The digital operating model: How corporates can make digitalization happen (2/4)

The need for a digital operating model

The operating model needs to be put into the overall strategic context of the firm. Starting with a clearly framed digital ambition, a digital strategy defines the where to play and how to win the game. The where to play defines which (digital) products and services should be offered to which customers and – as an extension to the classical version – which people the company wants to be an attractive employer for. All this needs to be transformed as part of a digital strategy. Where to play involves clear choices on what elements a firm needs to transform or re-focus to realize the strategy: customers, services/products, people and processes. The how to win defines which specific approach should be taken to achieve success vs. the competition and is in line with the operating model elements.

Processes, decisions, capabilities, incentives and organization constitute the operating model, bridging the digital strategy with the dgay-to-day-operations. Given this constellation, it is a logical consequence that the design of the operating model is deeply linked with the digital strategy. This might be why many experts advise their clients to select just one specific type of operating model according to their strategic goals such as the customer centric model, the data powered model, or the open & liquid model (as seen at e.g. Accenture, Deloitte, Ernst & Young, World Economic Forum). However, this approach falls a bit short in our view.  In our experience, it is not about choosing one operating model approach, but rather about evolving the operating model in line with the short and the long-term milestones. Instead of aiming at following just one digitalization goal such as customer centricity or data-enabled business model, companies actually should strive for all of these goals over time – in different stages over a certain time horizon, depending on a company’s individual digital maturity state, market situation and resources. This allows for tailoring the digital operating model individually to the firm’s situation, while following digital innovation blueprint principles. The visual below shows the relationship between digital strategy and the corresponding digital operating model, its suggested evolution over multiple stages or periods and some examples of digital strategy and operating model adustments we regularly see in companies.

Processes, decisions, capabilities, incentives and organization constitute the operating model, bridging the digital strategy with the dgay-to-day-operations. Given this constellation, it is a logical consequence that the design of the operating model is deeply linked with the digital strategy. This might be why many experts advise their clients to select just one specific type of operating model according to their strategic goals such as the customer centric model, the data powered model, or the open & liquid model (as seen at e.g. Accenture, Deloitte, Ernst & Young, World Economic Forum). However, this approach falls a bit short in our view.  In our experience, it is not about choosing one operating model approach, but rather about evolving the operating model in line with the short and the long-term milestones. Instead of aiming at following just one digitalization goal such as customer centricity or data-enabled business model, companies actually should strive for all of these goals over time – in different stages over a certain time horizon, depending on a company’s individual digital maturity state, market situation and resources. This allows for tailoring the digital operating model individually to the firm’s situation, while following digital innovation blueprint principles. The visual below shows the relationship between digital strategy and the corresponding digital operating model, its suggested evolution over multiple stages or periods and some examples of digital strategy and operating model adustments we regularly see in companies.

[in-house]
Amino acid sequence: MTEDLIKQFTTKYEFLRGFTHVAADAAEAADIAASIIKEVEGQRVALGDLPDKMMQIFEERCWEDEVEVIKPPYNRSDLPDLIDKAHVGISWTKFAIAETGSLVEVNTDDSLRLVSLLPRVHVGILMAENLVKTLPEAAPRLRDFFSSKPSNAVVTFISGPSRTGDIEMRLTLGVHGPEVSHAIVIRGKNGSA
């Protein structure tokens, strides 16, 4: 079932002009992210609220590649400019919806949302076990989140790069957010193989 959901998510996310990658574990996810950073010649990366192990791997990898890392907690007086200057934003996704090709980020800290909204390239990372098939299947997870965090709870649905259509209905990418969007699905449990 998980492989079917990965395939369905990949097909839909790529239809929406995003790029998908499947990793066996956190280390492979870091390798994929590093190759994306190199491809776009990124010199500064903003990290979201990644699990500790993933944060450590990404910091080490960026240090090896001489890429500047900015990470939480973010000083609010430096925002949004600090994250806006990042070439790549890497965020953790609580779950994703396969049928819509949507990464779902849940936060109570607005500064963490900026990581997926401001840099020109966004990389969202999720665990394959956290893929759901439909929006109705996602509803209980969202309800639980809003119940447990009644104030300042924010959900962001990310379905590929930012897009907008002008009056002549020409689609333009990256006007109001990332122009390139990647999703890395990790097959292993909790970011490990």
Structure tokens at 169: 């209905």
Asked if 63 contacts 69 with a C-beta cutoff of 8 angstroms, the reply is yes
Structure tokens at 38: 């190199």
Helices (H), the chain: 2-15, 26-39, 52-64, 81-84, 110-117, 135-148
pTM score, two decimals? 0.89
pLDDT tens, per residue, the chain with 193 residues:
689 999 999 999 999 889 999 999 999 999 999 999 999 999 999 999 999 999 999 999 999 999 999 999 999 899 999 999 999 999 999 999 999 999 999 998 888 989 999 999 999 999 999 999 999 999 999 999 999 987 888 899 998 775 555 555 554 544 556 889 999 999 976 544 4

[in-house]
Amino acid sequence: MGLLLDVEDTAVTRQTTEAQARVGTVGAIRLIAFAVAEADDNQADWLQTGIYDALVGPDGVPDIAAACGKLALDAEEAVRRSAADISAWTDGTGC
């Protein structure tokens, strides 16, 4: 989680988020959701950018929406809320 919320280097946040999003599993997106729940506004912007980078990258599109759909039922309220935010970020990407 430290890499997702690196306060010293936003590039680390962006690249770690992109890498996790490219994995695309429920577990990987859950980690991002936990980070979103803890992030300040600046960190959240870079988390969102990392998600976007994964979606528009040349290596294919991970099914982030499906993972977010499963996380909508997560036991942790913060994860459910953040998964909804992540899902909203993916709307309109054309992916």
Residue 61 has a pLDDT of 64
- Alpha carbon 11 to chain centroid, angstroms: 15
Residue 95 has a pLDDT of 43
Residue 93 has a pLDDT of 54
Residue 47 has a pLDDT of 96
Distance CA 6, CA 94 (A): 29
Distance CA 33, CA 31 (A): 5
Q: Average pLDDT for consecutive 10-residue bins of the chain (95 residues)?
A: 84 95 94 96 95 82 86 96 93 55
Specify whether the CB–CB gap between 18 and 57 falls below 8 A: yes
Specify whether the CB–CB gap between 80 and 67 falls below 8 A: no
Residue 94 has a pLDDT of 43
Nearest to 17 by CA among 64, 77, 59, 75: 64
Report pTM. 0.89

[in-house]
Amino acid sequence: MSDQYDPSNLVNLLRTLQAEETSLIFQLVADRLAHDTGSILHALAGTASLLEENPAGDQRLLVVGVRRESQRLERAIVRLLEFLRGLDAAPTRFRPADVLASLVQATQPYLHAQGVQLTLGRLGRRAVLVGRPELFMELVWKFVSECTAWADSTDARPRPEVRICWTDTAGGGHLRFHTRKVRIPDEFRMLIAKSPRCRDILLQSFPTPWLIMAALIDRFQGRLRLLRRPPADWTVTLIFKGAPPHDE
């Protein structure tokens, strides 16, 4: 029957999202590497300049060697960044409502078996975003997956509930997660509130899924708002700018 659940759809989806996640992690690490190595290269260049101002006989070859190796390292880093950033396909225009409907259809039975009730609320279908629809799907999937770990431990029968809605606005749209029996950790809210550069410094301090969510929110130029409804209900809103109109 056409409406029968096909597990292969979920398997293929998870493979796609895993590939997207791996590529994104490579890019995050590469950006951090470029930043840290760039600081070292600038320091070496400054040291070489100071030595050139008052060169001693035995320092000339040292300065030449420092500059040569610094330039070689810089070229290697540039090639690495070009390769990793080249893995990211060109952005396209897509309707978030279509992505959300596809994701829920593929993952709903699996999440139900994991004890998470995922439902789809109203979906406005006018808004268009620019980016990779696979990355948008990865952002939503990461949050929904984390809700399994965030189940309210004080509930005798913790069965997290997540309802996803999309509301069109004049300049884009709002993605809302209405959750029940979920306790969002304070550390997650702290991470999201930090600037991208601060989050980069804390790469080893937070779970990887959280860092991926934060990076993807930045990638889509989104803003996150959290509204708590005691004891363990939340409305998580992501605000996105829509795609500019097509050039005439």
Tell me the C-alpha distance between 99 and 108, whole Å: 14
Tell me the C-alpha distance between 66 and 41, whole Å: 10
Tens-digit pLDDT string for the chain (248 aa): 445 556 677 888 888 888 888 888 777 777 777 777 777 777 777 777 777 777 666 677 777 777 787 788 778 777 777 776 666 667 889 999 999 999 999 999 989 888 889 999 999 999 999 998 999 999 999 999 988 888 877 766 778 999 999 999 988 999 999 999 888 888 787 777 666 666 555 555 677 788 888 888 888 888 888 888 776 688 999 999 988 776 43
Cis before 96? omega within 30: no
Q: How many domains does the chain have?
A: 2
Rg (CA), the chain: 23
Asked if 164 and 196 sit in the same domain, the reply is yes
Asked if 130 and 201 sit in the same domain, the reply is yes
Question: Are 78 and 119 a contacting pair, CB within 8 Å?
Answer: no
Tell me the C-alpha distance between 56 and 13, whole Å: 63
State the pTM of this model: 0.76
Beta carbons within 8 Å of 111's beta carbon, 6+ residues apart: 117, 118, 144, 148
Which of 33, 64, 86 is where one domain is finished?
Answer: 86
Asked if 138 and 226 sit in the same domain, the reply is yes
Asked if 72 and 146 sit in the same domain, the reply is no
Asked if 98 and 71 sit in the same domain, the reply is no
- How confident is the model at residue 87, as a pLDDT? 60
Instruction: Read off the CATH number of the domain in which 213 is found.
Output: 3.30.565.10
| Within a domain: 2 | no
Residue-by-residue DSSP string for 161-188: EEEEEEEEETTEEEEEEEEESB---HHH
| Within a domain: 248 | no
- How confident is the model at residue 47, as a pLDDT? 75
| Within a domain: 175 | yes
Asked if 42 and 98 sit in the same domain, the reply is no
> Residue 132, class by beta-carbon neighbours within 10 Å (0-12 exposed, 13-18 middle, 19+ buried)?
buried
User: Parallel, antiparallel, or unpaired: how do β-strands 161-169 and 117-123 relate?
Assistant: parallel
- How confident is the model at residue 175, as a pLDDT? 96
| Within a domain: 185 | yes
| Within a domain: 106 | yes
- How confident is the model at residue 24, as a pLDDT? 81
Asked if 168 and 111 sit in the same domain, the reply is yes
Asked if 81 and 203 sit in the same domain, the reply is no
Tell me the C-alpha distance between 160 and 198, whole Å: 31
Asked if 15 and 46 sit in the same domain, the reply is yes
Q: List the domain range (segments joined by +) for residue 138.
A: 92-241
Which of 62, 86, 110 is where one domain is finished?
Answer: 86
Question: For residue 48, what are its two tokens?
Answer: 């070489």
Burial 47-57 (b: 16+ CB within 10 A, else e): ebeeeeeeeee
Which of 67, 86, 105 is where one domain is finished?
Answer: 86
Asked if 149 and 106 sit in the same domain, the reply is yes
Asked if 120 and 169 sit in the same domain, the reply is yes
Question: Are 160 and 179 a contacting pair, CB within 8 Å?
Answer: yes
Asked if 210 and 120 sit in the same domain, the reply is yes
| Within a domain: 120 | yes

The link between digital strategy and operating model evolves over time and occurs in a multi-stage process. The first strategic milestone is typically to deliver digital products, as we observe in many companies now working to become more digital. The operating model has to align with this target by aligning the respective DIPOC elements, e.g. the digital innovation or product development process that now needs to embed digital elements. Decision makers need to follow a new decision making logic, now involving more functions much earlier in the process (e.g. digital marketing already when designing the product). Knowledge capabilities have to be built, etc. In the second phase, companies typically shift from product-centricity to strengthening customer-centricity. This shift leads to further changes in the operating model, e.g. adapting and customizing the customer journey (processes and decision making). Once this is achieved, the strategy moves on to full-scope data analytics utilization. Thus, the operating model has to take care of implementing data collection capabilities and a further revised and more data-based decision making logic. This continuous alignment between digital strategy and operating model continues until some level of a digitalization vision is achieved – and beyond, as the business will further evolve.